"You might have had them yesterday."
To a marked extent he could bring out and make visible his inner exaltation. Now, tall, strong, white-haired, he looked a figure of an older world. "The spheres and all are set to harmony!" he said. "I would have fitness. Great things throughout! Diamonds and rubies without flaw in the crown.—We will talk no more about abating just demand!"
I agreed with a nod, and indeed there was never any shaking him here. Beneath his wide and lofty vision of a world filled out to the eternal benefit of all rested always this picture which I knew he savored like wine and warmth. His family, his sons, his brothers and kindred, the aged father in Genoa, all friends and backers—and he a warm sun in the midst of them, all their doubts of him dispelled, shining out upon them, making every field rich, repaying a thousand, thousandfold every trust shown him.
The day sang cool and high and bright, the mountains of Elvira had light snow atop. Master Christopherus began again to speak.
"There came ashore at Porto Santo some years ago a piece of wood long as a spar but thicker. Pedro Correo, who is my brother-in-law, saw it. It was graved all over, cut by something duller than our knives with beasts and leaves and a figure that Pedro thought was meant for an idol. He and another saw it and agree in their description. They left it on the beach at twilight, well out of water reach. But in the night came up a great storm that swept it away. It came from the west, the wind having blown for days from that quarter. I ask you will empty billows fell a tree and trim it and carve it? It is said that a Portuguese pilot picked up one like it off Cape Bojador when the wind was southwest. I have heard a man of the Azores tell of giant reeds pitched upon his shore from the west. There is a story of the finding on the beach of Flores the bodies of two men not like any that we know either in color or in feature. For days a west wind had driven in the seas. And I know of other findings. Whence do these things come?
"May there not be unknown islands west of Azores? They might come from there, and still to the west of them stream all Ocean-Sea, violent and unknown! The learned think the earth of such a size. Your Arabian holds it smaller. What if it is larger than the largest calculation?"
He said with disdain, "All the wise men at Salamanca before whom the King set me six years ago thought it had no end! Large or small, they called it blasphemy for me, a poor, plain seaman, son of a wool-comber and not even a Spanish wool-comber, to try to stretch mind over it! Ocean-Sea had never been overpassed, and by that token could not be overpassed! None had met its dangers, so dangers there must be of a most strange and fearful nature! But if you were put to sea at fourteen and have lived there long, water becomes water! A speck on the horizon will turn out ship or land. Wave carries you on to wave, day to night and night to day. At last there is port!"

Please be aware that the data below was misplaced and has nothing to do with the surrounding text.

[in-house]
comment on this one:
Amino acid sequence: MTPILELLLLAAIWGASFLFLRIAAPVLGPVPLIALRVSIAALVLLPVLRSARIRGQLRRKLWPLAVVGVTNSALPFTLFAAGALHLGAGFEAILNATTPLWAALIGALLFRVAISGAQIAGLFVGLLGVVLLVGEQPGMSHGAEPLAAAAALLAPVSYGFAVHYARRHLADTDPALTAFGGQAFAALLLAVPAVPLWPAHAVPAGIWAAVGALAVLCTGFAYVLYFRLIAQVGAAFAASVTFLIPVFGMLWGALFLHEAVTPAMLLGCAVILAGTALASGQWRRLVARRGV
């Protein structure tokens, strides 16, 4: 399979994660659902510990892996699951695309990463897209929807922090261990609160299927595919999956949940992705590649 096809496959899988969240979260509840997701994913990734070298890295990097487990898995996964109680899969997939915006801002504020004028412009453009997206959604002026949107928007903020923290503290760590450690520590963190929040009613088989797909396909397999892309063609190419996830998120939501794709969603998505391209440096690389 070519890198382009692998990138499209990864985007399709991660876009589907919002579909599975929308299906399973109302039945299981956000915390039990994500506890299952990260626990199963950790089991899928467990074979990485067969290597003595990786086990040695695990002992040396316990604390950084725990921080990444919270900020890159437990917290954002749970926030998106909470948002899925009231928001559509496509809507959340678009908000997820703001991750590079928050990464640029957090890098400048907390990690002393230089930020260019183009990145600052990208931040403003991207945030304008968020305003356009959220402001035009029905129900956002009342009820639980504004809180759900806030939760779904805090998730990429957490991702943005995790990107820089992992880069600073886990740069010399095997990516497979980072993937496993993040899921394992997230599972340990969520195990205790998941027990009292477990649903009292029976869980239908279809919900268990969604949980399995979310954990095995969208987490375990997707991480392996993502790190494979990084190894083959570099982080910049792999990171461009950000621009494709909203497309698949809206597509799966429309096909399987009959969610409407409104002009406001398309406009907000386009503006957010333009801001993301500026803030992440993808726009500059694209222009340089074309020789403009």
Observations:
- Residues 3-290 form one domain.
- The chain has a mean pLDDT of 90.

All this time his horse had been cropping the scanty herbage. Now he raised his head. In a moment we too heard the horsemen and looking back toward Santa Fe saw four approaching. As they came nearer we made out two cavaliers talking together, followed by serving men. When they were almost at hand one of the leaders said something, whereat his fellow laughed. It floated up Cordova road, a wide, deep, rich laugh. Master Christopherus started. "That is the laugh of Don Luis de St. Angel!"
Don Luis de St. Angel was, I knew, Receiver of the Ecclesiastical Revenues for Aragon, a man who stood well with the King. The horsemen were close upon us. Suddenly the laugher cried, "Saint Jago! Here he is!"
We were now five mounted men and a trudger afoot. The cavalier who had laughed, a portly, genial person with a bold and merry eye, laughed again. "Well met, Don Cristoval. Well met, Admiral! I looked to find you presently! You sailed out of port at sunrise and I two hours later with a swifter ship and more canvas—"
"'Don' and 'Admiral'!" answered Master Christopherus, and he spoke with anger. "You jest in Spain! But in France it shall be said soberly—"
"No, no! Don and Admiral here! Viceroy and Governor here—as soon as you find the lands! Wealthy here—as soon as you put hand on the gold!" Don Luis de St. Angel's laughter ceased. He became with portentous swiftness a downright, plain man of business. He talked, all of us clustered together on the Cordova road.
"The Archbishop kept me from that audience yesterday, leaving Don Alonso de Quintanella your only friend there! The Queen was tired, the King fretted. They thought they had come a long way, and there you stood, Master Christopherus, shaking your head! Don Alonso told me about it, and how hopeless it seemed! But I said, 'If you conquer a land don't you put in a viceroy? I don't see that Don Cristoval isn't as good as Don This One, or Don That One! I've a notion that the first might not oppress and flay the new subjects as might the last two! That is a point to be made to the Queen! As for perpetuity of office and privileges down the ages, most things get to be hereditary. If it grows to be a swollen serpent something in the future will fall across and cut it in two. Let time take care of it! As for wealth, in any land a man who will bear an eighth of the cost may fairly expect an eighth of the gain. This setting out is to cost little, after all. He says he can do it with three small ships and less than a hundred and fifty men. If the ships bring back no treasure, he will not be wealthy. If there is a little gain, the Spains need not grudge him his handful of doubloons. If there is huge gain, the King and Queen but for him would not have their seven eighths. The same reasoning applies to his tenth of all future gain from continents and islands. You will say that some one else will arise to do it for us on easier terms. Perhaps—and perhaps not for a century, and another Crown may thrust in to-morrow! France, probably. It is not impossible that England might do it. As for what is named overweening pride and presumption, at least it shows at once and for altogether. We are not left painfully to find it out. It goes with his character. Take it or leave it together with his patience, courage and long head. Leave it, and presently we may see France or England swallow him whole. He will find India and Cathay and Cipango, and France or England will be building ships, ships, ships! Blessed Virgin above us!' said I, 'If I could talk alone to the Sovereigns, I think I could clench it!'"